- Discussions of other bands from the anarcho-punk milieu
- Comparisons between anarcho-punk and other punk sub-genres
- Anarcho-punk as a subculture
- Anarcho-punk as a political ‘culture of resistance’
- Continuities between hippies, punks, ‘eco-warriors’, ravers and so on
- Music versus Politics
- Anarchism versus Marxism
- Underground versus Mainstream
- Pacifism versus Violence.
The deadline for proposals for papers is Monday 15 April.
The symposium will be free of charge and will run all day. A free lunch will be provided. However, spaces are limited and interest is expected to be high so it is recommended that you book a place early to avoid disappointment. Those interested in giving a paper or wanting to book a place should contact Dr. Pete Dale at Oxford Brookes University, email@example.com c/o School of Arts, Richard Hamilton Building, Headington Hill, OX3 0BP. Please do not hesitate to contact Pete if you are at all interested in this symposium event.
As UK Uncut prepare to protest against headliners U2, and Michael Eavis proclaims the return of politics to this year’s festival, I thought it would be interesting to revisit some of the origins of the politics and campaigning of Glastonbury Festival, as extracted from my 2000 book Glastonbury: A Very English Fair:
The hot political campaigns of the times filter down to the festival, which expresses its sympathy by sharing its space, as for instance with the noticeable number of miners’ helmets on site in 1984 at the height of the Miners’ Strike, or the march around the site by protesters against the still extraordinary anti-rave clauses of the Criminal Justice and Public Order Act, 1994. It is in the extra-parliamentary arena that the Glastonbury political ethos is most keenly felt, though. The politics of the festival are a central issue in its identity because they contribute to its continuing ethic, its idealistic sheen, of course. More problematically, as the event has become larger, more commercialised, altogether more expensive particularly in the 1990s, the notion that the festival maintains some kind of radical edge must be looked at. In this chapter I look at the main political campaigns which the festival has been involved in, in terms of both on-site activity and in its fund-raising capacity, while in the following chapter I consider questions about the commodification of the festival, the way that it has frequently been accused of losing its roots, of becoming ‘yuppified’.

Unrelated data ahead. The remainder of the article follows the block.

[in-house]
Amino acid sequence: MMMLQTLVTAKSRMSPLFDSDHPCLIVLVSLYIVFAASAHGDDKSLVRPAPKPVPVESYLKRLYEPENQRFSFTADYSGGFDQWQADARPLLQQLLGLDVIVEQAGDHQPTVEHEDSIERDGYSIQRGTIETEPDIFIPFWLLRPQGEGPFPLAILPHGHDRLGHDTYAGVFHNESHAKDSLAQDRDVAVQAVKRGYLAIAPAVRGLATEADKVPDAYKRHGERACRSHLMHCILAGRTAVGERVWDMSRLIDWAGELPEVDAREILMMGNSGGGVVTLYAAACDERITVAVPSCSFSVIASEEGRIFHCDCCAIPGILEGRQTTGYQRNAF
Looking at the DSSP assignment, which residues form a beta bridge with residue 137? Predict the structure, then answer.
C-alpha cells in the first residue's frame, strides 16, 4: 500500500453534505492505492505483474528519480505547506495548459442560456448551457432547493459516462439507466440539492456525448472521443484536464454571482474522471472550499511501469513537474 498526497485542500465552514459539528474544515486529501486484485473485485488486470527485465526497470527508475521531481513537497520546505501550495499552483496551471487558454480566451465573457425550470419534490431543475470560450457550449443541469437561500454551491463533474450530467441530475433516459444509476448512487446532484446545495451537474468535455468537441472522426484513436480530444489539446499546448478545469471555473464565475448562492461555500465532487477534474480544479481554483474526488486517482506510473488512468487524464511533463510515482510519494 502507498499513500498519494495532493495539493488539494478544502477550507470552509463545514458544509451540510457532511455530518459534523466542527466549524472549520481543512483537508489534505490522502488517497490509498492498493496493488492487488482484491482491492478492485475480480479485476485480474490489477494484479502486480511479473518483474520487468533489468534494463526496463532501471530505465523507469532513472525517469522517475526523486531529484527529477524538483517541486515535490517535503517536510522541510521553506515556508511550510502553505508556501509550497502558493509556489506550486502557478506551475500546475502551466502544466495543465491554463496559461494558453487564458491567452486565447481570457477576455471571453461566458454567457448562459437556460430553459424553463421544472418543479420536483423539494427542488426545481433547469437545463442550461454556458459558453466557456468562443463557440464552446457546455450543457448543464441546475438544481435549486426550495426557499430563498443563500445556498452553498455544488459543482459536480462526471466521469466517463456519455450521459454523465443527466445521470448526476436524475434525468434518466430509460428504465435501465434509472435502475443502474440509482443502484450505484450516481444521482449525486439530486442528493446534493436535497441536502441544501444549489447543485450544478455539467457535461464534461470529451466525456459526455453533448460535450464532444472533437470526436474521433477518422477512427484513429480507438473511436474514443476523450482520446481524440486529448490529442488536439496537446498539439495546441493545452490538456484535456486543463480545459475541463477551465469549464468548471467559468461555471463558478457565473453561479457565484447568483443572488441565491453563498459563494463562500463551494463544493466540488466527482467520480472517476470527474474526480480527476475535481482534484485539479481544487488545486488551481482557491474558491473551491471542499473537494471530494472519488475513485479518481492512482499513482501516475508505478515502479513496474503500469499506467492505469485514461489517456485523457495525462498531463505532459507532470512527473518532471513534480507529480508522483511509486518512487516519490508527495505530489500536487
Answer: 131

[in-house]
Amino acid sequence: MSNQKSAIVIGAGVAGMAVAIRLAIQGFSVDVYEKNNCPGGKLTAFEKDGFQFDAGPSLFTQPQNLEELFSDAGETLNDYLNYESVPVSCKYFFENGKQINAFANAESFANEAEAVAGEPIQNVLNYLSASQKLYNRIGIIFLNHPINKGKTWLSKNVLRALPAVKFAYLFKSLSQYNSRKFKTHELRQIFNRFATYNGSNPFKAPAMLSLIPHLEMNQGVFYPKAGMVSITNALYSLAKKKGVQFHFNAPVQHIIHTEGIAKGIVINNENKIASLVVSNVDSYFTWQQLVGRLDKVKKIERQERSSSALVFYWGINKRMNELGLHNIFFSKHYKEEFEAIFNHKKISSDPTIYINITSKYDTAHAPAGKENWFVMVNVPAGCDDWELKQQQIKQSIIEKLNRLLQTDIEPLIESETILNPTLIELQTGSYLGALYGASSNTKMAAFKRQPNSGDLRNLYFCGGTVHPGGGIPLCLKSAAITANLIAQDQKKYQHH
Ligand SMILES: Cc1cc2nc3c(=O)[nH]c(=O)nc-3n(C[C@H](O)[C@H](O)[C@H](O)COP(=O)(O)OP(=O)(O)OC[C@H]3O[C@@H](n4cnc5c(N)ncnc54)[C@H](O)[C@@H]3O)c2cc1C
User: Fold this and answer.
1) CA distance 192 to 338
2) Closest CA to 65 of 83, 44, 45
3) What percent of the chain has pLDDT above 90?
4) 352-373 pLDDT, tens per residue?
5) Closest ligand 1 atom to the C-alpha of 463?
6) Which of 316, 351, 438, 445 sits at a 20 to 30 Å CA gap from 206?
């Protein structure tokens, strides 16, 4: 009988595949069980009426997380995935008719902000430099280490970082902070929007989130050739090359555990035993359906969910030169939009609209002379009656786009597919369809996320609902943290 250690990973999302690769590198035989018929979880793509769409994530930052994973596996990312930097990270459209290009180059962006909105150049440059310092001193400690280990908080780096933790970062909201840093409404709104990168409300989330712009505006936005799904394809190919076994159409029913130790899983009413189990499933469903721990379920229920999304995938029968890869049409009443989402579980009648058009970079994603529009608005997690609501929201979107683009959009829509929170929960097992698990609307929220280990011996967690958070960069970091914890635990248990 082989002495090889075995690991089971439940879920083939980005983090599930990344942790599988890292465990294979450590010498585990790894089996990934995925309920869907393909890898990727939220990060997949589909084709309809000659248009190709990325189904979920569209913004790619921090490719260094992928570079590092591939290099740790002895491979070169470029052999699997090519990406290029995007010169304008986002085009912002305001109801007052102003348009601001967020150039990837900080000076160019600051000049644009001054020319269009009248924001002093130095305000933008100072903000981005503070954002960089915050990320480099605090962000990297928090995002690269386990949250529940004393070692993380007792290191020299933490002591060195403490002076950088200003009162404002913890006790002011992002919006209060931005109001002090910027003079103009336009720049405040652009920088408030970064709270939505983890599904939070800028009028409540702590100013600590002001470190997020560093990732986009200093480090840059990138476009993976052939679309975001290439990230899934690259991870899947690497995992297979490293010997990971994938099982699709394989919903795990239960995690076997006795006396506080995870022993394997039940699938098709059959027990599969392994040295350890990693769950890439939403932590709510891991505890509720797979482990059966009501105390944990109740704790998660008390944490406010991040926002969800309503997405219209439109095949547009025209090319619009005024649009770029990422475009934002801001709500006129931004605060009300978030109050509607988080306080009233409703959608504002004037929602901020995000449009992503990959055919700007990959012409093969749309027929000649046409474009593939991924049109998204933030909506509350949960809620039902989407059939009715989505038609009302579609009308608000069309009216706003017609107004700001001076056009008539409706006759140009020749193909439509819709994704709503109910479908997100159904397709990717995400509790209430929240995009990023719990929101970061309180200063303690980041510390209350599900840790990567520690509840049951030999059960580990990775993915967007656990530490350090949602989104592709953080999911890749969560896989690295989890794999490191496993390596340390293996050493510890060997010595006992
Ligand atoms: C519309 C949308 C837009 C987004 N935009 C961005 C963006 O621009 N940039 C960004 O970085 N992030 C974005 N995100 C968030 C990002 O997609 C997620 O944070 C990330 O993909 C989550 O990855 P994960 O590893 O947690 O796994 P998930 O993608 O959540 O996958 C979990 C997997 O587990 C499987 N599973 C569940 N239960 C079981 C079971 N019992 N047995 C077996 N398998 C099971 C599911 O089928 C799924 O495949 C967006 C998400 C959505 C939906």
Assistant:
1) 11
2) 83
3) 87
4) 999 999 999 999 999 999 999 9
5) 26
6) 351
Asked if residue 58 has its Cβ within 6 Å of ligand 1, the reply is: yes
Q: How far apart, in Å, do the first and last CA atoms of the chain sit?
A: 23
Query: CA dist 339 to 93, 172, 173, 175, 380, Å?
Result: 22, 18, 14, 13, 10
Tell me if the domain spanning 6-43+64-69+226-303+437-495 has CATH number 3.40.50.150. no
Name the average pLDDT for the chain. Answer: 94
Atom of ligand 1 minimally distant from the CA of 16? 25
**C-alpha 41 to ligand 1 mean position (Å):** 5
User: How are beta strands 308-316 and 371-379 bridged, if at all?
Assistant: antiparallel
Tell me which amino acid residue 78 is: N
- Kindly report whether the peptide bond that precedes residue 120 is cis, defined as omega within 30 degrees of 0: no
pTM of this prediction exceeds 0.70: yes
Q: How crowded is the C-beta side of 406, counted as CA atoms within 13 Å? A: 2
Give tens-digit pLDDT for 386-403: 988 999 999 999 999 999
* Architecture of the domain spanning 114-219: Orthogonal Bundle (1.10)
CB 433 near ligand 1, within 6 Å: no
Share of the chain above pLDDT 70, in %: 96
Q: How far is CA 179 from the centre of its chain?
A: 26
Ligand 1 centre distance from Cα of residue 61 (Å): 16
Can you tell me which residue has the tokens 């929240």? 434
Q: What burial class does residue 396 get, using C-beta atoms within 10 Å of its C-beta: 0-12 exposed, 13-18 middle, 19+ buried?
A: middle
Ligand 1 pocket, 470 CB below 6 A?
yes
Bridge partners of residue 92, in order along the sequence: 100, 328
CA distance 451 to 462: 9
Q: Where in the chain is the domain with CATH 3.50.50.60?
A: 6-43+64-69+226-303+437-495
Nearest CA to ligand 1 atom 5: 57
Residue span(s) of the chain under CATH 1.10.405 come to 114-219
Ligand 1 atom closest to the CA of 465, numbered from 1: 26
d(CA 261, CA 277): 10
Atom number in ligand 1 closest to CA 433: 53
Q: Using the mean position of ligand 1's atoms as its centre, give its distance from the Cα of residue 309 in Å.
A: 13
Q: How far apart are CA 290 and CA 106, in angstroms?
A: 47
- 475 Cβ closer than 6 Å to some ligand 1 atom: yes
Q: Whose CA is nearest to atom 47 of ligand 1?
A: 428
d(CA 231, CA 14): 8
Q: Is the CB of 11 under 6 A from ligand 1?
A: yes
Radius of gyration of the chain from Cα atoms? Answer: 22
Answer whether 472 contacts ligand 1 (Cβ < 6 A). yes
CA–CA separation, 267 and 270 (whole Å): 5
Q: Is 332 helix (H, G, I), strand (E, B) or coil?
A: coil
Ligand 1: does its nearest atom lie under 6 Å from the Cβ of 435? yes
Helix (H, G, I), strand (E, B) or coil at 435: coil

The main political focus for funds at Glastonbury started as the peace movement, and later embraced environmental campaigning more widely. In this context, the long-term relationships have been with the Campaign for Nuclear Disarmament (CND; 1981-1990), Greenpeace (1992 onwards), and Oxfam (because of its campaigning against the arms trade), as well as the establishment of the Green Fields as a regular and expanding eco-feature of the festival (from 1984 on). The radical peace movement and the rise of the greens in Britain are interwoven at Glastonbury. The festival has offered these campaigns and groups space on-site to publicise and disseminate their ideas, and it has ploughed large sums of money from the festival profits into them, as well as other causes….